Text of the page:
Advances in eISSN: 2377-4290 AOVS

Ophthalmology & Visual System
Letter to Editor
Volume 1 Issue 1 - 2014
Ocriplasmin and Muller Glia
Tina Guanting Qiu*
Biopharma Physician Consultant, USA
Received: July 23, 2014 | Published: August 04, 2014
*Corresponding author: Tina Guanting Qiu, Biopharma Physician Consultant, 3212 Crane Brook Way, Peabody, MA 01960, USA, Tel: 001-978 998 0624; Email: @
Citation: Qiu TG (2014) Ocriplasmin and Muller Glia. Adv Ophthalmol Vis Syst 1(1): 00002. DOI: 10.15406/aovs.2014.01.00002

Stalsmans et al. [1] published an article entitled of “Enzymatic Vitreolysis with Ocriplasmin for Vitreomacular Traction and Macular Holes” based on the two pivotal Phase-III clinical safety and efficacy studies of ocriplasmin. The overall clinical efficacy was encouraging and marked 40%-60% anatomic closures of macular holes without further surgery. Whilst taking a close look at the safety profile noted on FDA Ophthalmic Drug Advisory Committee Meeting Debriefing [2], 5.6% patients experienced a vision decrease (2-3 line loss) during the first week post injection and slowly recovered over a six-month period, accordingly, a transit reduction of Electroretinogram (ERG) on both a- and b-wave amplitudes was remarkable [2]. By far, there seems no sound biological explanation to such adverse event. This letter is to shed light on Muller glia as the primary biologic interface between ocriplasmin and neurosensory retina.
Ocriplasmin is a proteolytic enzyme that digests laminin, fibronectin, and collagen IV. In the vertebrate retina, Muller glial terminals form the key component of vitreoretinal interface, namely Inner Limiting Membrane (ILM), of which laminin enriches its extracellular matrix. Moreover, Muller glia serves as “living optical fiber” and antenna that collects external light from cornea and transmits it through the neurosensory layer towards the photoreceptors, where the visual process and refinement begins [3]. When ocriplasmin is injected into the vitreous cavity, ILM acts as the very first biologic defense and drug delivery barrier. If the retina were overexposed to this enzyme, the integrity of Muller glia terminals will be first compromised. However, Muller glia is the only structure cell within the retina that has the ability to regenerate and regrow following injury, which may explain why such vision disturbance is reversible, gradual and time-dependent. From ERG point of view, Muller glial end-feet at retinal surface has high potassium conductance towards photoreceptors, which are the origin of a-wave of ERG. Muller glia may indirectly involve with b-wave [4]. If their end processes were enzymatically or surgically compromised, the potassium-driven electrical conduct towards photoreceptor might be hindered till a complete regrowth of its extracellular processes. The appreciation of Muller glia may also shed insight on patients who experienced of similar visual disturbance following surgical ILM peelings [5].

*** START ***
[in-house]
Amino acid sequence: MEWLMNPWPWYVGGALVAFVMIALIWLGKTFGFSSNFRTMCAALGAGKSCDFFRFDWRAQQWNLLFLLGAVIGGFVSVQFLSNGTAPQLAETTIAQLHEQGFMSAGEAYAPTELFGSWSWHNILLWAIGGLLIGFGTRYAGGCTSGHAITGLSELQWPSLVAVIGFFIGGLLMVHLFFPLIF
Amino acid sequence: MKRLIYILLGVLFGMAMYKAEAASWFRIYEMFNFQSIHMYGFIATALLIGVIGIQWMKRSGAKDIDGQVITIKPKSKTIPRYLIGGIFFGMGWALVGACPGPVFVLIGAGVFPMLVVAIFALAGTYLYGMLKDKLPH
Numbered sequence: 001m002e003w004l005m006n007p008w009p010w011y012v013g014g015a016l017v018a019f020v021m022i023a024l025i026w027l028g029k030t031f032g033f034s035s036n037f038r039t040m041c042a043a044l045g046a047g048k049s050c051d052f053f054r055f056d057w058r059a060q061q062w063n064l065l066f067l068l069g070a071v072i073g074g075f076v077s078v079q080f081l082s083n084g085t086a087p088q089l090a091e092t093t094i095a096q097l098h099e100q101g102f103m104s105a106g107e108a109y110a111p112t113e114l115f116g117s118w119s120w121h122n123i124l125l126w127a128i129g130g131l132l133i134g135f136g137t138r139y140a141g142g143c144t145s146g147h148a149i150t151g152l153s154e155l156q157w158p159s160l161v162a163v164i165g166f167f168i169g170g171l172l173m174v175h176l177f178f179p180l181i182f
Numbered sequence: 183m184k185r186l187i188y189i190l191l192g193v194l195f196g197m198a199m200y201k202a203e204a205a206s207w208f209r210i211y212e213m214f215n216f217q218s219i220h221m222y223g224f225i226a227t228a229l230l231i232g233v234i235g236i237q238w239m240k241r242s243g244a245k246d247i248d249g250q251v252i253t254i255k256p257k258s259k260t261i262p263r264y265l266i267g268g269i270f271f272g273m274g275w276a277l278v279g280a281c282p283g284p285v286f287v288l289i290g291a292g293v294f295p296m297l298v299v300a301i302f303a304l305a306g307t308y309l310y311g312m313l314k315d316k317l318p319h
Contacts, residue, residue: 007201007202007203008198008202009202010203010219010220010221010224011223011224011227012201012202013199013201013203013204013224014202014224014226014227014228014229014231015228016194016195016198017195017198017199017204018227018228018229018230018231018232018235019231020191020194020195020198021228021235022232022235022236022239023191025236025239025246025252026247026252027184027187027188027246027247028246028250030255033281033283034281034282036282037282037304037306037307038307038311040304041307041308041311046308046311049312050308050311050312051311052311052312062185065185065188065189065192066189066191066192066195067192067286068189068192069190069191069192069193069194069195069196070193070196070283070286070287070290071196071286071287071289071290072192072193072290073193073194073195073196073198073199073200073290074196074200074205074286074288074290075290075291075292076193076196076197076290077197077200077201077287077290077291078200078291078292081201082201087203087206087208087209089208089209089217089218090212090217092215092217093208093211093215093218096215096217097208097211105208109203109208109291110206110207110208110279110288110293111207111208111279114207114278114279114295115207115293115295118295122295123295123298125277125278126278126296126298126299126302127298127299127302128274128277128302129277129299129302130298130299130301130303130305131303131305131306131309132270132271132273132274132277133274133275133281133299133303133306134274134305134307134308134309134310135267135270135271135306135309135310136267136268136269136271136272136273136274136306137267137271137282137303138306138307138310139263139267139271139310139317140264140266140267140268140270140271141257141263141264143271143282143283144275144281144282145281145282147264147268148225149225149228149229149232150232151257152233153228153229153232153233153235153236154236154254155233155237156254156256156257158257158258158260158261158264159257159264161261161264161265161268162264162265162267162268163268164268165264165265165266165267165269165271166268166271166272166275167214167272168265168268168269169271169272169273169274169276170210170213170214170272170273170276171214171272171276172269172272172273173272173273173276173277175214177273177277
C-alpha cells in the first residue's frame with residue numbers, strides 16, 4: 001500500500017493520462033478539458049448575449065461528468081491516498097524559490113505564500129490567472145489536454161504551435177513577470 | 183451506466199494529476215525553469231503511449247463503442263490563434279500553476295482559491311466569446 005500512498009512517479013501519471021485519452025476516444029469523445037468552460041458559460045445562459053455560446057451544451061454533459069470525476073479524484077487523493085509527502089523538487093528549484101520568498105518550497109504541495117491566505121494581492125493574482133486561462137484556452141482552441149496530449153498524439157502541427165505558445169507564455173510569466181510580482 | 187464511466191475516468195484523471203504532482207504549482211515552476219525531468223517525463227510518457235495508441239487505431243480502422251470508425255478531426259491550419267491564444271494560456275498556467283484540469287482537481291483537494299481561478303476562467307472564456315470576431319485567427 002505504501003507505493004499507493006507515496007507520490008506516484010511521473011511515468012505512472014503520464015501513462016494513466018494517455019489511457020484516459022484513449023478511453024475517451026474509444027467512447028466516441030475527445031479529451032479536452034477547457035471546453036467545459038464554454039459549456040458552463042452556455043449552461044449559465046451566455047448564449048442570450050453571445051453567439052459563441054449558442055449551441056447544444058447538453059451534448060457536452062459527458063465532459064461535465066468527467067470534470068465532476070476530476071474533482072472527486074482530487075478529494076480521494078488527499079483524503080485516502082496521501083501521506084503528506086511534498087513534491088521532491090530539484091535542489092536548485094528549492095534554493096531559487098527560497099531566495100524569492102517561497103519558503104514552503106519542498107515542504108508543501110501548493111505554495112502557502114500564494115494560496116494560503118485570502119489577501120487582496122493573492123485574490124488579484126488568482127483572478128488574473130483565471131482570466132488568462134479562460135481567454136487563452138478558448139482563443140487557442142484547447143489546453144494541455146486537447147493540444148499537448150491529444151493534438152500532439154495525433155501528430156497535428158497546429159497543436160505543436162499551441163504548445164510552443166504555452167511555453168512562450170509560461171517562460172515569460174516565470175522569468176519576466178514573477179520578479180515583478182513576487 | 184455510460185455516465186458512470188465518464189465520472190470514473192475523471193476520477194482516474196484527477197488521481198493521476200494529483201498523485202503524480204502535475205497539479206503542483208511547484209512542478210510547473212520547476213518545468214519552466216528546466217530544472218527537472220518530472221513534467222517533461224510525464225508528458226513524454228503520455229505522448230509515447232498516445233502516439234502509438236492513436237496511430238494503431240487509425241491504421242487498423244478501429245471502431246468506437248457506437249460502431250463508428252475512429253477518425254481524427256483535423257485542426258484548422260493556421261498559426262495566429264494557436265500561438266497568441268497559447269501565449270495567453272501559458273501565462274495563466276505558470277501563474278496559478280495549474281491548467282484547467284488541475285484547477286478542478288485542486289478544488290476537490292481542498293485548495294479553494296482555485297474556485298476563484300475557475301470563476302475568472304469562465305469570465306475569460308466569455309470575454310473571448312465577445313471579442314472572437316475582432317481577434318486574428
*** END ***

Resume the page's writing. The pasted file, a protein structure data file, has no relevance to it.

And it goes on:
In clinic, many ocular pathological conditions involve with basement membrane abnormalities, for which ocriplasmin may have a role. To introduce Muller glia into this context has strategic importance to further translational efficiency (dosing strategy) in potential new indications whilst adding a value to evidence-based patient outcome measures.


Author thanks Dr. Peter K. Kaiser for his insightful review on this manuscript. Dr. Kaiser is principle investigator of ocriplasmin clinical trials and the Founding Director of Digital Optical Coherence Tomography Reading Center at Cole Eye Institute, OH.


  1. Stalsmans P, Benz MS, Gandorfer A, Kampik A, Girach A, et al. (2012) Enzymatic vitreolysis with ocriplasmin for vitreomacular traction and macular holes. N Engl J Med 367(7): 606-615.
  2. Food and Drug Administration Center for Drug Evaluation and Research, Division of Transplant and Ophthalmology Products (2012) Dermatologic and Ophthalmic Drugs Advisory Committee meeting briefing package for Ocriplasmin Intravitreal Injection, 2.5mg/ml. 1-35.
  3. Franze K, Grosche J, Skatchkov SN, Schinkinger S, Foja C, et al. (2007) Muller cells are living optical fibers in the vertebrate retina. Proc Natl Acad Sci USA 104(20): 8287-8292.
  4. Perlman I (2014) Electroretinogram: ERG.  
  5. Pichi F, Lembo A, Morara M, Veronese C, Alkabes M, et al. (2014) Early and late inner retinal changes after inner limiting membrane peeling. Int Ophthalmol 34(2): 437-446.
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